Decision-makers across Canada now recognise the value that energy storage can bring to the grid, with Ontario’s grid operator establishing its first-ever set of market rules for energy storage’s participation.
Earlier this year, Ontario’s Independent Electric System Operator (IESO) published its ‘Interim market rules and manuals for energy storage’. The IESO said that it has worked for the past few years to identify and remove barriers to wholesale market participation for electricity storage resources in the province and came up with the interim rules and guidelines. The rules went into effect in mid-January and the IESO published its guide for market participants in late February.
The IESO acknowledges that the interim solution is just that, but said it nonetheless “represents a significant step forward,” as well as allowing storage system operators and storage asset investors greater transparency. Energy storage’s participation in IESO markets is codified by the system operator’s rulebook for the first time and this applies to distribution as well as transmission-connected energy storage.
The rules now enable participation for energy storage systems with capacity to inject or withdraw more than 1MW of energy from the grid in five IESO wholesale market products. IESO has set parameters for the interim period, for example, systems over 50MW cannot participate in frequency regulation markets at the moment due to the transmission operator not yet having the necessary tools to meter participation. The IESO runs day-ahead and real-time markets. The products are as follows:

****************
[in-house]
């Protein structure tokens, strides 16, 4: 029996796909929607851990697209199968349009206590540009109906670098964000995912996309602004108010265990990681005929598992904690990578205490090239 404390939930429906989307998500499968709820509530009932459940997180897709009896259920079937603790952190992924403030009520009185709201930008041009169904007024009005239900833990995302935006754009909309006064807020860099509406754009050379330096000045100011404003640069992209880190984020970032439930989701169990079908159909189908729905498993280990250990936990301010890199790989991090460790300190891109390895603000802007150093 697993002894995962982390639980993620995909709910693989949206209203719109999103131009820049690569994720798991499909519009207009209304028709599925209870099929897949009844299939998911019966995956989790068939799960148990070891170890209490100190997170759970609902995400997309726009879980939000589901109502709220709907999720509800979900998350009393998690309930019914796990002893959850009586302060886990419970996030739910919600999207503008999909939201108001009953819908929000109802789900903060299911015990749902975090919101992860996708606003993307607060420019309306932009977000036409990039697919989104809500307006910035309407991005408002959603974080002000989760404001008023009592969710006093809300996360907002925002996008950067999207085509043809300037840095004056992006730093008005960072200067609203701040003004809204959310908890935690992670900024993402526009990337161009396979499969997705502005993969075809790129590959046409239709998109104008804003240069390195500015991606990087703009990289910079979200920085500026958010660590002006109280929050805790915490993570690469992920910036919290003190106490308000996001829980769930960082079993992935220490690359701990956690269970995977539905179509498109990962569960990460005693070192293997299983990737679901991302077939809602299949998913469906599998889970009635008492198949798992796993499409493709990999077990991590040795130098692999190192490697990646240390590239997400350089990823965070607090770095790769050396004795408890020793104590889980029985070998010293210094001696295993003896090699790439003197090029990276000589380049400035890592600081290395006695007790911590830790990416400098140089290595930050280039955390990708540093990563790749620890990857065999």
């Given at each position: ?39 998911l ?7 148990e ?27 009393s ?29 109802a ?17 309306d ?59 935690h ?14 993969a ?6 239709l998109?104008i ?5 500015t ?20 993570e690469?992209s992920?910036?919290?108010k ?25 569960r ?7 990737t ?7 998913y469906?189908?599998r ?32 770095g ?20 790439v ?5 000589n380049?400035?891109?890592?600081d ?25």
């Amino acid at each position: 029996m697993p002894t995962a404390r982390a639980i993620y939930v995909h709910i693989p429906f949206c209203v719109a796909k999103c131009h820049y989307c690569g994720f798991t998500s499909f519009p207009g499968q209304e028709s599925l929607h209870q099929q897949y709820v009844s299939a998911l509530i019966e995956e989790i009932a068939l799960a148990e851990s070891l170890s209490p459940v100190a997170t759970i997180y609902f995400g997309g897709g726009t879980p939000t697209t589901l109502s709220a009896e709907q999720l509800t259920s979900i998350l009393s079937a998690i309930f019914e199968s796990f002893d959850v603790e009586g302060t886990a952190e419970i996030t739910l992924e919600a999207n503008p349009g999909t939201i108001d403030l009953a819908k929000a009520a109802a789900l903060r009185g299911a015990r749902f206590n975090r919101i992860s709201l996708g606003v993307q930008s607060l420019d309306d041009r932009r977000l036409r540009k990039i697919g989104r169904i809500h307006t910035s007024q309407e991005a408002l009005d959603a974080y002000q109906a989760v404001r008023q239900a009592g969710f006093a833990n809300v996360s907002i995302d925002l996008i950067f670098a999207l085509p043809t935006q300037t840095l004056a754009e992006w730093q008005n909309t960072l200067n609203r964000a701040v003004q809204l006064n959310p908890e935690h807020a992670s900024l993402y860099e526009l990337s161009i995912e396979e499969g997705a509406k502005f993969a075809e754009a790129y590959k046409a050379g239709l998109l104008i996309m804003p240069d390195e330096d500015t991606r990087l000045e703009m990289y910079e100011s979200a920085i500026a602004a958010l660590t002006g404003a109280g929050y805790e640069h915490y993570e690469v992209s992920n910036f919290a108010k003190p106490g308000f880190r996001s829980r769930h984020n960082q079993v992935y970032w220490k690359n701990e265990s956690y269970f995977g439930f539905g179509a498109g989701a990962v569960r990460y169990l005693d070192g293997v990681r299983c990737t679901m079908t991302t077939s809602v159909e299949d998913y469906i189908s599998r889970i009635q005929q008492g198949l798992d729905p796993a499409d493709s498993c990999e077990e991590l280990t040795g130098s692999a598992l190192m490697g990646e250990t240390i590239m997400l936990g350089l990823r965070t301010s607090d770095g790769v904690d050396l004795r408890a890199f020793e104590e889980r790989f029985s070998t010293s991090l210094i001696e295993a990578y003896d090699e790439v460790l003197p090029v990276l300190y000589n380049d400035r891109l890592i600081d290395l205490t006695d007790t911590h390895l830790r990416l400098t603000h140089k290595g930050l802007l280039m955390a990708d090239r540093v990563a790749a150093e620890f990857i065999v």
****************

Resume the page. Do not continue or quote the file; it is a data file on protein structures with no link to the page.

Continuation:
- The real-time energy market (system must be registered as dispatchable)
- Operating reserve market (ancillary service)
- Capacity auctions (Competitive procurement)
- Regulation (ancillary service, contracted)
- Reactive power support and voltage control (ancillary services)
“Ontario and the IESO continue to take positive steps to fully unlock the potential of energy storage,” Justin Rangooni, executive director of the Energy Storage Canada trade group told Energy-Storage.news.
“Energy Storage Canada and its over 70 members look forward to continued productive engagements to fully enable energy storage resources to provide ratepayer and system-wide benefits to the province.”
Rangooni had said during 2020 in a Guest Blog published on this site that it was “time to unlock the potential for energy storage in Canada,” citing the need for energy storage to decarbonise, modernise and make the grid fit for the future, as well as the positive impacts of creating a vibrant energy storage industry — and maintaining some industrial competitiveness with the US, which has raced ahead of most countries in its adoption of battery storage in particular.
The picture has already changed considerably, Rangooni said. At Energy Storage Canada’s annual general meeting hosted in late January, the trade association’s chair, Jim Fonger from energy storage and clean energy technology integration group Ameresco, remarked that understanding of the value of storage was indeed unlocked and was recognised by decision-makers across the country.
Now that that potential value has been recognised, the actual process of unlocking will take place throughout this year. The theme has now transitioned to pushing for market opportunities that will fully enable energy storage, Justin Rangooni told Energy-Storage.news.